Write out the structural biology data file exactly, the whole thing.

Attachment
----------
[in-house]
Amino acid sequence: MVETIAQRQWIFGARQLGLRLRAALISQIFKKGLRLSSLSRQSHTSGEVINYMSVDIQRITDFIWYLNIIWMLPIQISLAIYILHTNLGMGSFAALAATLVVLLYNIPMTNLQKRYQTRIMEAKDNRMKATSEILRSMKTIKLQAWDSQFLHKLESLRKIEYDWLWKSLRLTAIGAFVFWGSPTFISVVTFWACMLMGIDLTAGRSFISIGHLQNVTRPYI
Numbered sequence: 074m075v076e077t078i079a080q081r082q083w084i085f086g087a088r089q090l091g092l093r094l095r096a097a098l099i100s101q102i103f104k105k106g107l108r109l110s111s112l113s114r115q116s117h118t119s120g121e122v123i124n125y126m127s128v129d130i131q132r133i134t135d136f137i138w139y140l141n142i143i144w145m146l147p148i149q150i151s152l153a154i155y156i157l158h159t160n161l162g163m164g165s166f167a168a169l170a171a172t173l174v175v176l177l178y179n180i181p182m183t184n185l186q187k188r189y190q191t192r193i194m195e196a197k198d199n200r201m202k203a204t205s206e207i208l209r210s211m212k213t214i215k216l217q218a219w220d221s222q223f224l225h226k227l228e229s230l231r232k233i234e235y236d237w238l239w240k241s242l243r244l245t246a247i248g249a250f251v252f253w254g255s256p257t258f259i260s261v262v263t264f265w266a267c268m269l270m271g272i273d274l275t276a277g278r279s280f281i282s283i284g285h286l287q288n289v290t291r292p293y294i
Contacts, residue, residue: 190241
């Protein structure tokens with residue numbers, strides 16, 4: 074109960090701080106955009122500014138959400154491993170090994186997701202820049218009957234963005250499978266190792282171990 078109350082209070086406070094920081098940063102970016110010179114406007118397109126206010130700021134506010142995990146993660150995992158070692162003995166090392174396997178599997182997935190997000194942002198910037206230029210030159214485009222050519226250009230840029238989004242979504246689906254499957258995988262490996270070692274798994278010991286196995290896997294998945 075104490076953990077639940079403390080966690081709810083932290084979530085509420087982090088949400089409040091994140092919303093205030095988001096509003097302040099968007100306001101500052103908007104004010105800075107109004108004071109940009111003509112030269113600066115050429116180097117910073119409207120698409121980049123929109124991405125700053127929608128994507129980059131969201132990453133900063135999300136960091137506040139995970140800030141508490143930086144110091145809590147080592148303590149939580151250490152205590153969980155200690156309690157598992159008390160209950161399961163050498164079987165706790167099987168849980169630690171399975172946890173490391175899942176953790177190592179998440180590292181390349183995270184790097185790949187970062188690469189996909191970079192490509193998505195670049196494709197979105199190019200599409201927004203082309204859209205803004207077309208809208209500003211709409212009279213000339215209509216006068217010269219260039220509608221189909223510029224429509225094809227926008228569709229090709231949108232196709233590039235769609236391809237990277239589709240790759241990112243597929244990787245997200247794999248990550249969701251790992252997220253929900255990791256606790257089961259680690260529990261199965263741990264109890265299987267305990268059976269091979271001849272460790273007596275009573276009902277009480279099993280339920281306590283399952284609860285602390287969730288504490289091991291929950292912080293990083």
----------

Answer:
[in-house]
Amino acid sequence: MVETIAQRQWIFGARQLGLRLRAALISQIFKKGLRLSSLSRQSHTSGEVINYMSVDIQRITDFIWYLNIIWMLPIQISLAIYILHTNLGMGSFAALAATLVVLLYNIPMTNLQKRYQTRIMEAKDNRMKATSEILRSMKTIKLQAWDSQFLHKLESLRKIEYDWLWKSLRLTAIGAFVFWGSPTFISVVTFWACMLMGIDLTAGRSFISIGHLQNVTRPYI
Numbered sequence: 074m075v076e077t078i079a080q081r082q083w084i085f086g087a088r089q090l091g092l093r094l095r096a097a098l099i100s101q102i103f104k105k106g107l108r109l110s111s112l113s114r115q116s117h118t119s120g121e122v123i124n125y126m127s128v129d130i131q132r133i134t135d136f137i138w139y140l141n142i143i144w145m146l147p148i149q150i151s152l153a154i155y156i157l158h159t160n161l162g163m164g165s166f167a168a169l170a171a172t173l174v175v176l177l178y179n180i181p182m183t184n185l186q187k188r189y190q191t192r193i194m195e196a197k198d199n200r201m202k203a204t205s206e207i208l209r210s211m212k213t214i215k216l217q218a219w220d221s222q223f224l225h226k227l228e229s230l231r232k233i234e235y236d237w238l239w240k241s242l243r244l245t246a247i248g249a250f251v252f253w254g255s256p257t258f259i260s261v262v263t264f265w266a267c268m269l270m271g272i273d274l275t276a277g278r279s280f281i282s283i284g285h286l287q288n289v290t291r292p293y294i
Contacts, residue, residue: 190241
């Protein structure tokens with residue numbers, strides 16, 4: 074109960090701080106955009122500014138959400154491993170090994186997701202820049218009957234963005250499978266190792282171990 078109350082209070086406070094920081098940063102970016110010179114406007118397109126206010130700021134506010142995990146993660150995992158070692162003995166090392174396997178599997182997935190997000194942002198910037206230029210030159214485009222050519226250009230840029238989004242979504246689906254499957258995988262490996270070692274798994278010991286196995290896997294998945 075104490076953990077639940079403390080966690081709810083932290084979530085509420087982090088949400089409040091994140092919303093205030095988001096509003097302040099968007100306001101500052103908007104004010105800075107109004108004071109940009111003509112030269113600066115050429116180097117910073119409207120698409121980049123929109124991405125700053127929608128994507129980059131969201132990453133900063135999300136960091137506040139995970140800030141508490143930086144110091145809590147080592148303590149939580151250490152205590153969980155200690156309690157598992159008390160209950161399961163050498164079987165706790167099987168849980169630690171399975172946890173490391175899942176953790177190592179998440180590292181390349183995270184790097185790949187970062188690469189996909191970079192490509193998505195670049196494709197979105199190019200599409201927004203082309204859209205803004207077309208809208209500003211709409212009279213000339215209509216006068217010269219260039220509608221189909223510029224429509225094809227926008228569709229090709231949108232196709233590039235769609236391809237990277239589709240790759241990112243597929244990787245997200247794999248990550249969701251790992252997220253929900255990791256606790257089961259680690260529990261199965263741990264109890265299987267305990268059976269091979271001849272460790273007596275009573276009902277009480279099993280339920281306590283399952284609860285602390287969730288504490289091991291929950292912080293990083």